onlv ones having trouble in ou:
natii m s schools, thev must tx n
:� � ior
The Milwaukee experiment
is bordering on being unconstitu-
tional because even though there
is open enrollment, it is bask ally a
separate school. 1 agree with
Malcom sapproach during his
lasttew years. We must recognize
as he did that the troubles that
plague African-Americans are not
lust black problems, they are hu
man problems. Main students,
both bla k and white are ha ing
problems and we must seek an-
swers
I would be in favor ol tree
after-school academic enhance
men! programs such as ones that
are implemented in the Wake
( ounty Public Schools extended
day programs. It also helps
eliminate the problem ol latch-key
children The program in Wake
( ounty is not as academically
oriented and intensive as 1 would
like to see it it sbased more on run
activities. Also, it is onlv available
at only a few schools
In addition to such a pro
gram. 1 would also be in favor ot
extra-curricular or programs eut-
sideot school that teach black stu-
dents about their heritage, pro-
vide opportunities tor mentors,
and provide special support. I
think the public school should help
private and philanthropic organi-
zations begin such programs
In Washington, DC. a group
ot black men have adopted a local
public school and become surro
gate lathers to bovs growing up in
is and singlc-
This is great be
words ol Haki
ti. a nation ill km iw n
essavist teacher and
lisher It is the responsibility
of mei �� men but primarily
il with the problems ot
- nen "he school
� m ill but signifi-
cant part m addressing the prob-
isofbla keducation. However,
it is more important that the)
dress thi problems of American
eciiu ation
ressiw but pn
ate � � � in hide Rites ot
Passage which uses the tradition
ol African rituals and principles
that mark stages of growth and
development to inspire young
black men to excellence. Con-
cerned Black Men Incorporated
h as developed a mentor s program
entitled Project 2000. Successful
bla k men have committed to be-
ing role models to the same
voungsteruntil the year 2000 This
isoneol the best programs I know
be, aus mentor's must be long-
term not short to be effective I
could even see a limited amount
ol seed money gome, to such pro
crams
Mthough, these programs
jrc excellent thev will not solve
the pr. ibtem These major societal
problems v ill not be solved with-
out a v hangeot values Education
must go higher on the totem pole
We must realize and esteem the
words ot Timothv who said that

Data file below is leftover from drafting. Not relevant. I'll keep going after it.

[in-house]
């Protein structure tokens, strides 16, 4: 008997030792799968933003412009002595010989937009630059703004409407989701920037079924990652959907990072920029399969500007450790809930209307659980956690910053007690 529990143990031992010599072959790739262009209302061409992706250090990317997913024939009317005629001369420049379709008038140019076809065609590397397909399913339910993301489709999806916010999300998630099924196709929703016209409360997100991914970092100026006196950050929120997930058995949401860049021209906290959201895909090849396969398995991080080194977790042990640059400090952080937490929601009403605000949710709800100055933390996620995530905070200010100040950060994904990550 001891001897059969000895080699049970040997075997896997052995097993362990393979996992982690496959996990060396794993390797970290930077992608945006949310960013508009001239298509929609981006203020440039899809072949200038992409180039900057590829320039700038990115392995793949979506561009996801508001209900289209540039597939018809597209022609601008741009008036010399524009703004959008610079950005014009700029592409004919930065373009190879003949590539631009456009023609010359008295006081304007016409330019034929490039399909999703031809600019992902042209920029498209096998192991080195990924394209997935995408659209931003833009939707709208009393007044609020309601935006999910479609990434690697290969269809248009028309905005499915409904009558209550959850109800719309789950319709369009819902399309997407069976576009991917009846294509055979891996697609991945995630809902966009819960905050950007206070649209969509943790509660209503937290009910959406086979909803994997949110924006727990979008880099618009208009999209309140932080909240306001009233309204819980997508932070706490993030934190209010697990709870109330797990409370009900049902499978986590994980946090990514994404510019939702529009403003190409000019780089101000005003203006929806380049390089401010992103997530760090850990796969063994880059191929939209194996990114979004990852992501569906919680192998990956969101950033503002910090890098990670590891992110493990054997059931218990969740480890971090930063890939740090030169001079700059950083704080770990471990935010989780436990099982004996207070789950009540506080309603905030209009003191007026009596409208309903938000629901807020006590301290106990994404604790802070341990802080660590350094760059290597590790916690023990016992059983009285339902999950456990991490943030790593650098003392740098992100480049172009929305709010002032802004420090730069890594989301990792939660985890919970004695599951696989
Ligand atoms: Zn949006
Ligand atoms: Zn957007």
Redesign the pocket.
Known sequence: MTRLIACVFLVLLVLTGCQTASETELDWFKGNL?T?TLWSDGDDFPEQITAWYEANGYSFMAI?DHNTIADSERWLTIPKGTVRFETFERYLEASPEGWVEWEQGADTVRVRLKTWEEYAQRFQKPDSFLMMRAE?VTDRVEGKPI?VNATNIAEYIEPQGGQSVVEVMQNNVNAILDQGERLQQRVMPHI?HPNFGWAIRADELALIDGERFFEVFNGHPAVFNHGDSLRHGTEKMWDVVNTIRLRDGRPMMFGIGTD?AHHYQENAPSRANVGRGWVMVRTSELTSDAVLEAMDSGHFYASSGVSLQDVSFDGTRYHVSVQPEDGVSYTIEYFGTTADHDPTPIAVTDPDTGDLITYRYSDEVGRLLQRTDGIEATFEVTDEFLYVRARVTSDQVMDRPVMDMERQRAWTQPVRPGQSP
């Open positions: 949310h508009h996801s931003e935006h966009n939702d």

'we must stuck to show ourselves
approved






t
I
ghtgagt(garulinian November27.19905
Civil Rights activists need to vocus on
proposed three-tier diploma system
Letter to the Editor
Registration
process needs
to be updated
ro the Editor
�s class registration came
and went tins year, l was re
lieved to be a senior who no
Ion. id to fighl long lines
lasses that had ahead) been
filled And lamcuriousnow.as
! was as a freshman, why ECU
has not swift hod to theTRACS
system tor registering.
Registration does not have
to be hell for the students and
the faculty that operate the com-
puters. 1 used the TRACS svs-
tern tor registering summer
school classes at N.C. State Uni-
versity in Mav W and I was
amazed at how simple it was.
Each student receives a TIN
number according to hisher
rank (Freshman. Senior, etc).
Then on the students designated
day, such as a Monday for Se-
niors, studentsgraba touch tone
phone and register tor classes.
If the line is busy they just
call back. TRACS opens at 7
a.m. and closes down at mid-
night. With TRACS. there are
no lunch hours for students to
sit through or classes to be
missed. Everything the student
needs to register with is at home,
meaning the students can eat
lunch or dinner, watch TV, or do
homework while registering,
and it also gets the students out
of the faculty's hair so thev can
do other work.
It is time for IX U to update
itself
Amyl.ipscomb
Senior
Journalism
By Darek McCullers
Editorial Columnist
Asa voting man that's about
to enter the power structure of
America, I've watched the
progress of the Civil Rights
movement with great interest.
At the conclusion of Recon-
struction, we focused on enfran-
chisement through economic de-
velopment (embodied in the
works ot Booker T. Washington).
From the turn of the century to the
early 1950s, this Cocas changed to
selective litigation .taiA test cases.
After the Brown vs. Topeka Su-
preme Court decision and the
Montgomery Bus Boycott, the fo-
cus changed to mass enfranchise-
ment through government inter-
vention.
This movement was against
the basic foundation of America
which was Jeffersonian Democ-
racy Nevertheless, it was needed
During the Republican Era
of the 1470s and HOs, the focus
moved to voter registration and
political representation. However,
during the mid to late lHOs, the
movement suffered a lag
During this period of lag,
the nil Rights front seemed to be
suffering froma lackot leadership
and direction. Being a part of the
Raleigh Wake AACT, I can un-
derstand wh they don't re-
plenish their leadership. Although
there are youth chapters, of which
I was a part, the members are pa
tronized and thev are not really
allowed to be involved
They are also focusing on
finding some miraculous national
solution through litigation and
once again, a "big government
which is the wrong approach.
Thev should be looking to the
grassroots.
A proposal by the North
Carolina board of Education to
move to a three-tiered diploma